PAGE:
While the Houston Rockets have been a great offensive team for years, there’s been one glaring problem that got even worse this season.
It should come as no surprise, but the Houston Rockets have finished in the top two in offensive rating every season since Mike D’Antoni took over as head coach in 2016-17. At 113.8 points per 100 possessions, the Rockets were on pace to finish second this season before play was suspended on March 11th.
Coach D’Antoni certainly deserves credit for being able to sustain such an offensively excellent team no matter the makeup of the roster. His admirable handling of stars like Chris Paul, James Harden and now Russell Westbrook has led to him having a winning percentage of 68.7 over his tenure with the Rockets, winning 213 out of 310 coached games.
Still, whether it be due to unfortunate circumstances like CP3’s untimely playoff injury or poor shooting when it matters, the Rockets have been unable to make it to the NBA Finals when they should have. Being in the bottom three of a major statistical category, however, has to also play a part in why Houston might not be having the success they should be having.
Over the last two seasons and through 64 games of this one, the Rockets have been in the bottom five in the league in assists per game.
2017-18: 21.5 AST (26th) 2018-19: 21.2 AST (28th) 2019-20: 21.5 AST (29th)
While H-Town has actually slightly increased their assists per game over last season, the league average also increased, so they’re ahead of only the Portland Trail Blazers when it comes to assisted buckets.
So, why are the Rockets so bad at tallying assists?
Next: Why is this Happening?
What’s Causing This Recurring Issue?
Fans have heard it a million times, but once again the phrase “live by the three, die by the three” applies immensely to a situation surrounding the Houston Rockets.
The fact of the matter is, with the team being so heavily reliant on outside shooting, they simply must be near the top of the league in 3-point shooting percentage to make up for their lack of easy buckets.
For the most part, assists are generated from ball movement that leads to the easiest possible shot. The Rockets do that just fine, but the fact that those open shots are farther away from the basket leaves less of a margin for error.
Last season, the Rockets were 24th in the league in field goal percentage and 12th in 3-point percentage. The season before that? 15th and 13th. This season, Houston is 22nd in overall shooting and 23rd in shooting from beyond the arc.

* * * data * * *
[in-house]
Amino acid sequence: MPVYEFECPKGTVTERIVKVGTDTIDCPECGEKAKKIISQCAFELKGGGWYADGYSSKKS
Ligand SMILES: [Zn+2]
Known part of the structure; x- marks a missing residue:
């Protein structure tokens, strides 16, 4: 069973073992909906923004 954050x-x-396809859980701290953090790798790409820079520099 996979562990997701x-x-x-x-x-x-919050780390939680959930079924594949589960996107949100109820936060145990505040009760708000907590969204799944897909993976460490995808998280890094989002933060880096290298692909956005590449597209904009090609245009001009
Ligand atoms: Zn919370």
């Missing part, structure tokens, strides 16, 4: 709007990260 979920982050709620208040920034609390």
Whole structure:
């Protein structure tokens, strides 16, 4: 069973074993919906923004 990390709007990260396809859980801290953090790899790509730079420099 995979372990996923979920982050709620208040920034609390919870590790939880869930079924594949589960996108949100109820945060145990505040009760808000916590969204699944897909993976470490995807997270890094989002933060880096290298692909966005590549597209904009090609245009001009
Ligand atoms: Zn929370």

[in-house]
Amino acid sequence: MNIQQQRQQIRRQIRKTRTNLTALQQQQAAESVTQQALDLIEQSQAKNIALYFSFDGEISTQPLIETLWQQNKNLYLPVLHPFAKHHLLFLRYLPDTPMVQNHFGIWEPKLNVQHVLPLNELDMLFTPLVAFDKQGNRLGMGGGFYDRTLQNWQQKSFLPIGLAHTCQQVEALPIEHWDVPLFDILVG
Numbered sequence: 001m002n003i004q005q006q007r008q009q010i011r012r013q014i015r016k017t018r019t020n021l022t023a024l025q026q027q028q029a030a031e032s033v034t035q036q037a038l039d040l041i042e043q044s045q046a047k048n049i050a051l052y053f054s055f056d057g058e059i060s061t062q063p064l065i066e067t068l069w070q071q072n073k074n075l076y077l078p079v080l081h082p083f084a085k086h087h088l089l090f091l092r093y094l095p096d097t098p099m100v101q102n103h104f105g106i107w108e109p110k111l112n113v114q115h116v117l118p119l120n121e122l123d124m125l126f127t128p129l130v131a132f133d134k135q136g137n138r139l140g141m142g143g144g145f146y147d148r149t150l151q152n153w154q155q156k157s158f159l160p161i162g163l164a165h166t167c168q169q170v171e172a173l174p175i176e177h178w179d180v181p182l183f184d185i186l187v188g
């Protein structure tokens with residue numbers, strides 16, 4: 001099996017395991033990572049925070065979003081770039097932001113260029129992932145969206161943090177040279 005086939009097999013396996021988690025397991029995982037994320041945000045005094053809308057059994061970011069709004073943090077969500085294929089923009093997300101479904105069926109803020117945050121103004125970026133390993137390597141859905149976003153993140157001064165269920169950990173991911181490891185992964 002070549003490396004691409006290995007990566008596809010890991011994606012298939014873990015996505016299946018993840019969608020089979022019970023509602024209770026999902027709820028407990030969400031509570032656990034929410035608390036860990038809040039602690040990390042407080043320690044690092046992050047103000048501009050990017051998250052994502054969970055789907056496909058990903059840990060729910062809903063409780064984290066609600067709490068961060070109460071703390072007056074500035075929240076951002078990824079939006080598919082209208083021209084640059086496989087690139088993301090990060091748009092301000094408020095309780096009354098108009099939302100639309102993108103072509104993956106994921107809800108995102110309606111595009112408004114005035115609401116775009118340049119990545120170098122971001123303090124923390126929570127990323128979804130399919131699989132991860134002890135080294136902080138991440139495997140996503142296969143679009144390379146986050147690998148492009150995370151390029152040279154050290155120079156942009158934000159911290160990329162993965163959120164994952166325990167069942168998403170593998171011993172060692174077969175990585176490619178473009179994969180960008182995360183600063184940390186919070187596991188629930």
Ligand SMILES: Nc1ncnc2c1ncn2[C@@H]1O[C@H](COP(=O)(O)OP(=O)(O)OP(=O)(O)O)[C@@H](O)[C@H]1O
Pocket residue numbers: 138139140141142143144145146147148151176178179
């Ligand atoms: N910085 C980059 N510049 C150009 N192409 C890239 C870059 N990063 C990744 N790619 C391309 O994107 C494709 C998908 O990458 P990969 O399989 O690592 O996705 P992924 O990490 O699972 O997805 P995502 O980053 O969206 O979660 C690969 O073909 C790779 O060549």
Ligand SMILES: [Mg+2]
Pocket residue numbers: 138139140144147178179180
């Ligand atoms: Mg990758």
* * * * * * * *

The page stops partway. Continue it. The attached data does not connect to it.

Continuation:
While there have been seasons where the Rockets have been guilty of standing around too much and watching Harden go iso, the over-arching problem has been their inconsistent shooting.
With how many close games Houston always seems to be involved in, you have to wonder how much better they would be faring this season if they were shooting even a slightly higher percentage from deep, like 37 or 38 percent as opposed to their current 34.8.
Next: How can the Rockets fix this?
So, How Can the Rockets Fix This?
When the Rockets traded away their starting center for Robert Covington, they made a clear statement that they were going all-in on small ball based on quickness and outside shooting.
They already have two of the best playmakers in the league in Harden and Westbrook. Each of them has led the league in assists over the course of a full season, with Harden doing so in 2016-17 and Russ doing so the following two seasons.
They also have a plethora of outside shooters, but many of them are having subpar-to-horrible shooting seasons from distance, which is the biggest contributing factor to the team’s assist woes.
While the Rockets shoot the most threes in the league by far, they don’t even have a top-35 outside shooter in terms of accuracy. Ben McLemore‘s 39.5 percent has him tied at 36th in the league while P.J. Tucker has the next Rocket spot at 37 percent (79th).
Even though the team is scoring at a high rate, they’re still leaving too many points on the board that they could otherwise be converting if they stepped in for mid-range shots or took the ball to the rack.
It doesn’t appear to me that D’Antoni is going to suddenly change the Rockets’ plan of attack in favor of mixing in more mid-range shots, drives or even post-up plays, even though that would be the best solution.
Given that, it sounds like a broken record, but for this team to go far, they have to knock down their threes. Doing so would naturally raise the team’s assist numbers, creating a more dynamic offense that would be unstoppable.